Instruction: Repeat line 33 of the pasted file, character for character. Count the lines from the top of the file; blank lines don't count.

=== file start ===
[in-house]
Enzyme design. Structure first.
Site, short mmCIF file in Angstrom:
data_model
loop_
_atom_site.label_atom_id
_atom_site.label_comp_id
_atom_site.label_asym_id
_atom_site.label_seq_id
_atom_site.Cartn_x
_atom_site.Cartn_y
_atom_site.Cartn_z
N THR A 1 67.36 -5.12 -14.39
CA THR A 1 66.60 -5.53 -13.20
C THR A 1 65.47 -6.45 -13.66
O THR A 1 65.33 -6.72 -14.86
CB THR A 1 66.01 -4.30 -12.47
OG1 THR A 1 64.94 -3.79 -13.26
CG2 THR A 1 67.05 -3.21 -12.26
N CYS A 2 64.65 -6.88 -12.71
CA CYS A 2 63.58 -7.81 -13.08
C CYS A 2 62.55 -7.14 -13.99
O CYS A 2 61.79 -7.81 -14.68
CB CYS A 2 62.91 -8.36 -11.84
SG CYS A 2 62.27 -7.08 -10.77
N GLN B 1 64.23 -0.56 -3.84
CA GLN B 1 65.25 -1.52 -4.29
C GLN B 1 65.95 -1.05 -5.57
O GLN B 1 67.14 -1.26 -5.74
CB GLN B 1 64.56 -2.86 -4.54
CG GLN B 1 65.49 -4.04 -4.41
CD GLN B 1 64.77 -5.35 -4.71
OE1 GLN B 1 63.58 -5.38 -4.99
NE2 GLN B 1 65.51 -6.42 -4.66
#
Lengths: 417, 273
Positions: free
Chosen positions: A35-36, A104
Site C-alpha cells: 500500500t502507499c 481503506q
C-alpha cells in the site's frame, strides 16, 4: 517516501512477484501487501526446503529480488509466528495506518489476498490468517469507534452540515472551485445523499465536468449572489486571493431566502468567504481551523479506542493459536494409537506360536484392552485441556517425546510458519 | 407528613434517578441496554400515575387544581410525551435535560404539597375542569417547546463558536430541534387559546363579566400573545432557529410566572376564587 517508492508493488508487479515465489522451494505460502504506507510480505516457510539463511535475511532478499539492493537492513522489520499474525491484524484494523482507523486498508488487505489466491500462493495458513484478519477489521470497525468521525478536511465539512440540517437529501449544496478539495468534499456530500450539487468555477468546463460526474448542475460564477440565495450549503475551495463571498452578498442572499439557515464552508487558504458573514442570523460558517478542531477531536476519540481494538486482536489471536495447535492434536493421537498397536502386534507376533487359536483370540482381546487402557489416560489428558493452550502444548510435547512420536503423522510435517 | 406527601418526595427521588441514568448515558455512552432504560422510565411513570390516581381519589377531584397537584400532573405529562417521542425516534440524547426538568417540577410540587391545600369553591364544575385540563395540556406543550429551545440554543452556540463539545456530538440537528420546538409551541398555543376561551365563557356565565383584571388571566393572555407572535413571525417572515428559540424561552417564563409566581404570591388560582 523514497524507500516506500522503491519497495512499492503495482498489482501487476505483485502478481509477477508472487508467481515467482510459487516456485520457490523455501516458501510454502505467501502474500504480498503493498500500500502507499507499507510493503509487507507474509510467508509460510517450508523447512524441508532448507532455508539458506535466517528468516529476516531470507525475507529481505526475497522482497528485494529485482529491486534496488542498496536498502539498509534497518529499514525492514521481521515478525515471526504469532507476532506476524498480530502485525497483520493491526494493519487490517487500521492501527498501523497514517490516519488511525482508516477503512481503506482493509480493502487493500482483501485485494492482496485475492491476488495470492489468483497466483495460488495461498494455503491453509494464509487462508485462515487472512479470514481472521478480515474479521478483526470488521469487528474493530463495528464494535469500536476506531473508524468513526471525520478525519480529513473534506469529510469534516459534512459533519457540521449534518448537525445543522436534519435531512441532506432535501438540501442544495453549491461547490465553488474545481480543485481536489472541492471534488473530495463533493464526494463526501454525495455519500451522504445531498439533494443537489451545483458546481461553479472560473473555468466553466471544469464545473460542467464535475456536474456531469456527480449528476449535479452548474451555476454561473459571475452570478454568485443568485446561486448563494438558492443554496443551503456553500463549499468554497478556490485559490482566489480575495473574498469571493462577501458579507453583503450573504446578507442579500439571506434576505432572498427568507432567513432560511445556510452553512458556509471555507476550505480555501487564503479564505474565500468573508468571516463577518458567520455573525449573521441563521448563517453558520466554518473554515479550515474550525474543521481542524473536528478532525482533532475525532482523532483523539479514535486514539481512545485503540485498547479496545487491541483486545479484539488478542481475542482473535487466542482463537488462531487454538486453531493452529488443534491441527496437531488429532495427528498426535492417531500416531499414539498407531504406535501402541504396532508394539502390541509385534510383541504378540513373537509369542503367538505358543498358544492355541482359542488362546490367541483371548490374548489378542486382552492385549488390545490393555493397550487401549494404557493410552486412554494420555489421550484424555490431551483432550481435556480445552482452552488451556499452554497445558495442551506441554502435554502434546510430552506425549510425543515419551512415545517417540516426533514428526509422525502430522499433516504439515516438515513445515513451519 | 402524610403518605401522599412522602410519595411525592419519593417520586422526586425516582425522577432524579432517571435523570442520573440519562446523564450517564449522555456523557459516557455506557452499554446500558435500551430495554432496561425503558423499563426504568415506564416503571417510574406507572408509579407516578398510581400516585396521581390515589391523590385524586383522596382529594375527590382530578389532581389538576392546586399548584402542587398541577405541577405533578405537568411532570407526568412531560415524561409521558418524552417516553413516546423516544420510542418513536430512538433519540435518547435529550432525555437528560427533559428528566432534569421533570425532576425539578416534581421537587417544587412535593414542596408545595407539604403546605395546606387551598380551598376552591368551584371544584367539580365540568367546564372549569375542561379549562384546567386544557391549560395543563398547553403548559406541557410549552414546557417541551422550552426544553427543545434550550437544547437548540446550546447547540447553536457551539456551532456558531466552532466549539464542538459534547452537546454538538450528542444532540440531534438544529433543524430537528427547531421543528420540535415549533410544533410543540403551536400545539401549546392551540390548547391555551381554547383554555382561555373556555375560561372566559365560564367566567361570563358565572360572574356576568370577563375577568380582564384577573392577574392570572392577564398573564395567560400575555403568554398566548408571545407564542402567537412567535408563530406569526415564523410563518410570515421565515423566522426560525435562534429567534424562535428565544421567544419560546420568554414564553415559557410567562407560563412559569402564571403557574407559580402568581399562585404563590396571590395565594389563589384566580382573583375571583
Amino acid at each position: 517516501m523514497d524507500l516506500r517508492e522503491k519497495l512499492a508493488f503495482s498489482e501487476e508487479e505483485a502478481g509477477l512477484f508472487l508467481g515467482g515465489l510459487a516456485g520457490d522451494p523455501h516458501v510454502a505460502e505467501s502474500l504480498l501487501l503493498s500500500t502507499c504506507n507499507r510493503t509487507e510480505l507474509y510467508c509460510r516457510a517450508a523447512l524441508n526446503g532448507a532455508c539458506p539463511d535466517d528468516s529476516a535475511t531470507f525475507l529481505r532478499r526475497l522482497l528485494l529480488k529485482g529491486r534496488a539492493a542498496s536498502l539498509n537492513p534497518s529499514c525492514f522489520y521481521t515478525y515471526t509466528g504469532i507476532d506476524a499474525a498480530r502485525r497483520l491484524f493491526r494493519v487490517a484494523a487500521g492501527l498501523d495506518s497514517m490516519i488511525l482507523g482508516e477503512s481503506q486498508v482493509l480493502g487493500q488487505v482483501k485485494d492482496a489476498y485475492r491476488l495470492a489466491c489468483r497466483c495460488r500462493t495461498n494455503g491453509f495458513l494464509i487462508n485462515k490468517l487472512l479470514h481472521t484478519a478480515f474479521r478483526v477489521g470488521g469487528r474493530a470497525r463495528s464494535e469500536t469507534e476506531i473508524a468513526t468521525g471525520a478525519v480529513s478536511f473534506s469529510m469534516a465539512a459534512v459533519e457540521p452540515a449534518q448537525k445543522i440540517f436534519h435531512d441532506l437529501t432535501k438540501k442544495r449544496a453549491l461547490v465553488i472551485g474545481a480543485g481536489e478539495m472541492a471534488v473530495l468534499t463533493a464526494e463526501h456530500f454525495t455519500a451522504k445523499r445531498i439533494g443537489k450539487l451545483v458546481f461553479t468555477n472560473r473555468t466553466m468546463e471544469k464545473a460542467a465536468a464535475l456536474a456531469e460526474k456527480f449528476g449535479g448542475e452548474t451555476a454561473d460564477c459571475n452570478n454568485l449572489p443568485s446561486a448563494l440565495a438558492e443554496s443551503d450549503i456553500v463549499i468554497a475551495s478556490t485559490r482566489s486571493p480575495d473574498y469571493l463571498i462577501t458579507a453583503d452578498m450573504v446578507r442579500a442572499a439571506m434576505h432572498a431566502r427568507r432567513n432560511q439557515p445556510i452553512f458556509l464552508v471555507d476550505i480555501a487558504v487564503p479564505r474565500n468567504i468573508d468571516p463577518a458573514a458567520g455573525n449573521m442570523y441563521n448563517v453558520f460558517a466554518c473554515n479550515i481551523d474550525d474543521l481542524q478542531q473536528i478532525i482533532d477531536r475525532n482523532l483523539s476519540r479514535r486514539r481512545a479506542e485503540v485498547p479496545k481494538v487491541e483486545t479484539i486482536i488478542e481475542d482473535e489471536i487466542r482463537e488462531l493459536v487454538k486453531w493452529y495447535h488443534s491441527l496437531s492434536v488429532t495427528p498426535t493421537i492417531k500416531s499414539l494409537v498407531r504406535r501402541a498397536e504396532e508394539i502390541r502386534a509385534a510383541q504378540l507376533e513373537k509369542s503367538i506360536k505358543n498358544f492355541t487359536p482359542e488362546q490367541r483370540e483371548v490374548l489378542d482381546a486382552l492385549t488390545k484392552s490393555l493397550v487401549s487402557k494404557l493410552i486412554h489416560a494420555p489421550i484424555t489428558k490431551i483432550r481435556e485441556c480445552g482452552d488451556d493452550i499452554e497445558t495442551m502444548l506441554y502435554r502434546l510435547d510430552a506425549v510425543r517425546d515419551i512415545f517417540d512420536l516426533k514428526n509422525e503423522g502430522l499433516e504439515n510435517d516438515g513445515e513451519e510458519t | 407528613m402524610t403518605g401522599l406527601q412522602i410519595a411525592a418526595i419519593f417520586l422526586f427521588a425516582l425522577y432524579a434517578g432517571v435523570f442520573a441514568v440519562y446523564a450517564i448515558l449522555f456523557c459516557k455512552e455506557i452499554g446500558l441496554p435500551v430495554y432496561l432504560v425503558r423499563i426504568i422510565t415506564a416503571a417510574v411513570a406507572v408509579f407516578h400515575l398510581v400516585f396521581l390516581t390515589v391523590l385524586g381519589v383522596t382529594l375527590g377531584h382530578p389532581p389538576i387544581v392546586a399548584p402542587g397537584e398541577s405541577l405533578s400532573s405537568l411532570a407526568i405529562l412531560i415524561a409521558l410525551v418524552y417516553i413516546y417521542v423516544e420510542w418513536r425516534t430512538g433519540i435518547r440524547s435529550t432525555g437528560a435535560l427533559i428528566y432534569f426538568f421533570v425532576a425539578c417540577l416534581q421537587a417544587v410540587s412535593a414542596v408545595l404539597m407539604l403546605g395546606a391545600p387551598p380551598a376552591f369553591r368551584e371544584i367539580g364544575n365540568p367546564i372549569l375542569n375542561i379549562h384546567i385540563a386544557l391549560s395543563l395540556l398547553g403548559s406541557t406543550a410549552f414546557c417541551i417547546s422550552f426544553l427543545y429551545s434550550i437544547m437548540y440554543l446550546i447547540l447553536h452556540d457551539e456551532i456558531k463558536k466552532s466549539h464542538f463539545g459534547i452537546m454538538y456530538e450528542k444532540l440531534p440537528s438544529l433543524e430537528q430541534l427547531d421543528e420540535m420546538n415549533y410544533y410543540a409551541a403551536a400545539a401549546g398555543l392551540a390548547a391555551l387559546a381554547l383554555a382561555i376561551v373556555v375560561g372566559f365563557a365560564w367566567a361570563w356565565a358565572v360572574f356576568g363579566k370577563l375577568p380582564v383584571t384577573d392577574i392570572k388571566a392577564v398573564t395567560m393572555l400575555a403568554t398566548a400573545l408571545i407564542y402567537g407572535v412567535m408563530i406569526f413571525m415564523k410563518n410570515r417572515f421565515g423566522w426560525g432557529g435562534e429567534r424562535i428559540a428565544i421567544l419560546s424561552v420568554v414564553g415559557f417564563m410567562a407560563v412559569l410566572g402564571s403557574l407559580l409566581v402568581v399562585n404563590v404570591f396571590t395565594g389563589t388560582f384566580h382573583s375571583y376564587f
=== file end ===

OE1 GLN B 1 63.58 -5.38 -4.99